Quentin Tarantino is an interesting director. For a director that borrows a lot from and pays tribute to countless films, he has his own unmistakable style that one can pick up on within just a few lines of dialogue or a single shot. It's his unrestrained and unapologetic boldness in his film-making that has drawn me back to his films time and time again. He makes the mundane exciting (or at least interesting) in a way only Tarantino can do. His ninth film Once Upon a Time... in Hollywood continues this trend but in a way quite unlike his previous films.
Once Upon a Time... in Hollywood follows actor Rick Dalton (Leonardo DiCaprio) and his stunt double Cliff Booth (Brad Pitt) as they try to sustain fame and success in late-1960s Hollywood. Dalton feels like his best years are behind him, and relies heavily on Booth for moral support. DiCaprio and Pitt, unsurprisingly, stand out in their roles. They have a great chemistry that even comes off as quite charming. Dalton is a very self-absorbed character, yet DiCaprio plays the role with such charisma and enthusiasm that he perfectly contrasts Pitt's more reserved, suave performance as Booth. In terms of other performances in the film, though, nothing really stands out as much. There aren't any bad performances but likewise none really come off as memorable as DiCaprio's and Pitt's. Margot Robbie felt particularly underutilised as iconic symbol, of 1960's Hollywood Sharon Tate. She fits the role very well but in terms of roles that showcase her diverse acting talent well, this one isn't high on the list. Then again, the film uses Tate to represent the purified innocence of the rising stars of the 1960s, so Robbie pulls that off very well.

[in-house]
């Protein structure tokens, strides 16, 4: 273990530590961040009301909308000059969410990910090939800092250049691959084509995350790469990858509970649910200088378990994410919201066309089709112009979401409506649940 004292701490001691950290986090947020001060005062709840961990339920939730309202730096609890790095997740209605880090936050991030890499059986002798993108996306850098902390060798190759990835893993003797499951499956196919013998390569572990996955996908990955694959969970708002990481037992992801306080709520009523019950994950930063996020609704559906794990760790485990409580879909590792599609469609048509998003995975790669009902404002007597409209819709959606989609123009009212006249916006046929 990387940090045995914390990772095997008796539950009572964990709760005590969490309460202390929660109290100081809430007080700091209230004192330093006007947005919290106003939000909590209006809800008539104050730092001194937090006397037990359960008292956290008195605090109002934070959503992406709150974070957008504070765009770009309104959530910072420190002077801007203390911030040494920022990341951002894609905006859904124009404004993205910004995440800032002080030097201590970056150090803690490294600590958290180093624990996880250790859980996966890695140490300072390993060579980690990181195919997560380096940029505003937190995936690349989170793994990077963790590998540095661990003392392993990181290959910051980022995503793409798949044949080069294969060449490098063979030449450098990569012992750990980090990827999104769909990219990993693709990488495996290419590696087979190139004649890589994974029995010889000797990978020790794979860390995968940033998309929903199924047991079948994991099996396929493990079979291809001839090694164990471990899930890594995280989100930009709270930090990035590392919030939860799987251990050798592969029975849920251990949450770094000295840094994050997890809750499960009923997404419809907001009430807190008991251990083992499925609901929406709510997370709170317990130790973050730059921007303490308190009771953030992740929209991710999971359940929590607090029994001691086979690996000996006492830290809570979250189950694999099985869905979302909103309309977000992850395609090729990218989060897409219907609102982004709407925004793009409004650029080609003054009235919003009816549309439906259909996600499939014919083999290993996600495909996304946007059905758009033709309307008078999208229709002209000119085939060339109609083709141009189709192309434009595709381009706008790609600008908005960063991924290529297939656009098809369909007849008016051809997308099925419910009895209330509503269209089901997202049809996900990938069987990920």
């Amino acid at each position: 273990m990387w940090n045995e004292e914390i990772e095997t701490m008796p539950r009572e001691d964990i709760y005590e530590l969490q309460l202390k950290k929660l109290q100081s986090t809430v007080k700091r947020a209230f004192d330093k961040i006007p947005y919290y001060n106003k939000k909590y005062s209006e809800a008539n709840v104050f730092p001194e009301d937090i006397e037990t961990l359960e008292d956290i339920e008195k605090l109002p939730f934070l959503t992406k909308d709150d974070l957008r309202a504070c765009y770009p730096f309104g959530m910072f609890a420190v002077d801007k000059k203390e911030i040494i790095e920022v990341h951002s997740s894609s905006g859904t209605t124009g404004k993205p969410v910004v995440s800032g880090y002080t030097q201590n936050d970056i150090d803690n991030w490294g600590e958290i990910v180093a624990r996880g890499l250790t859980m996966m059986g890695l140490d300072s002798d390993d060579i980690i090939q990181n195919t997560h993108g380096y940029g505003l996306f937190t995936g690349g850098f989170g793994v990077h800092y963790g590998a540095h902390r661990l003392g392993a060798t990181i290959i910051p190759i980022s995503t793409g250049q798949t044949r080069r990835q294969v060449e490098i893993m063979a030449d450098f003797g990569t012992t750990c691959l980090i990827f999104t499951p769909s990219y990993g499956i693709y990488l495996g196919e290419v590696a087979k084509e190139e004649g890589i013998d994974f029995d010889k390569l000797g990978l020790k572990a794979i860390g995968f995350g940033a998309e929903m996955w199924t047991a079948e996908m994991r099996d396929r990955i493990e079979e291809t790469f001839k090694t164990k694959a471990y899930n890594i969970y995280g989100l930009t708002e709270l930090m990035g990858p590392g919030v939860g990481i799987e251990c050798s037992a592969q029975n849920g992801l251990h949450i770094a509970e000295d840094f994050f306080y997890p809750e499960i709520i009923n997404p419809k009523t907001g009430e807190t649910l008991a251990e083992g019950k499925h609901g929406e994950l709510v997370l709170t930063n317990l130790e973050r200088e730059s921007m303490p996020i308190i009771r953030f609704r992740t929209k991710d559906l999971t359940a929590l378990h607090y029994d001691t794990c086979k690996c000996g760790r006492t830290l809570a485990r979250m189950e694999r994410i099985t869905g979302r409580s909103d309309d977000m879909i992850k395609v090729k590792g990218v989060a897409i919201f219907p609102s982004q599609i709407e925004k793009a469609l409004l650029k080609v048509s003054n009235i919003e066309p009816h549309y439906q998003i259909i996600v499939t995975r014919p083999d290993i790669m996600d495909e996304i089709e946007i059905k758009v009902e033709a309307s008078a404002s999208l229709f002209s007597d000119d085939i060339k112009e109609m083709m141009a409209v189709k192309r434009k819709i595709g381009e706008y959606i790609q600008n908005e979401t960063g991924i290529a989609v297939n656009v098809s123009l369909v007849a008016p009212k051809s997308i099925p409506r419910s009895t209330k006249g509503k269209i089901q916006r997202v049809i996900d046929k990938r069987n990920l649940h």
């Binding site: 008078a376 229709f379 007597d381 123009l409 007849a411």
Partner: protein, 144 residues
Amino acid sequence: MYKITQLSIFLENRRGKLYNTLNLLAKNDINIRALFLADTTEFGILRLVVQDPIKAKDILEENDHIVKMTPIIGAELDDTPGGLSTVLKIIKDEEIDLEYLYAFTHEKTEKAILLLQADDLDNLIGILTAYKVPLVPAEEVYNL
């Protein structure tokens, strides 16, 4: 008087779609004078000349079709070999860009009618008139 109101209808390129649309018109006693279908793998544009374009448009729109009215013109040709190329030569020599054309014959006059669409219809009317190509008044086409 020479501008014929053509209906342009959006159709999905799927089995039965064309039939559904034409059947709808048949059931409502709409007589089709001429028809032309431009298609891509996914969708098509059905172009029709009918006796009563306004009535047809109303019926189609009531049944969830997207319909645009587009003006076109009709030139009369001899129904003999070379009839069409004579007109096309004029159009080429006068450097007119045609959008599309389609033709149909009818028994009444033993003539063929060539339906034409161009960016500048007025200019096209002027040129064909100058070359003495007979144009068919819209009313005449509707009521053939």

Stylistically, this is one of Tarantino's best films. The film is a bonafide love letter to the films and lifestyles of the 1960s, and Tarantino has no shame in expressing his love for both. Shots linger on bright neon signs whilst musical hits from the decade blare out of car radios. If you grew up during the 1960s, this film is probably going to feel quite nostalgic, whilst coming off as endearing and charming for the rest of us.Tarantino makes sure to convey 1960s Hollywood as a place of pure optimism and cheerfulness, with, in typical Tarantino fashion, a hint of something darker going on behind-the-scenes. In terms of plot, however, I feel this to be one of Tarantino's weakest. Unlike previous films by him which have a solid driving force behind the plot, this film takes a much more relaxed approach in its storytelling, with events happening around the characters rather than said characters being the aforementioned driving force. I hate defining a film as "slow" because this type of film isn't meant to be fast-paced, but I do feel some scenes could have been left on the cutting-room floor for a tighter cinematic experience. It's a shame because Tarantino can usually make scenes that contain nothing but minutes-upon-minutes of dialogue interesting thanks to clever dialogue. This film does contain good dialogue, but without that solid driving force and hook to keep the audience fully invested, one can't help but feel unfulfilled when the film reaches its climax (again, one of Tarantino's weakest by far).
Overall, Tarantino's ninth flick is a smart, stylish one that revels in the glory of 1960s Hollywood. It is definitely his most relaxed and self-absorbed film, taking its time to showcase every little detail that made 1960s Hollywood the Golden Age that it is. Therefore, despite it being one of his weaker flicks, I can forgive its shortcomings and see it as it is: a tribute to an era of Hollywood film-making he cares for very deeply. And that care is clearly and carefully conveyed in Once Upon a Time... in Hollywood.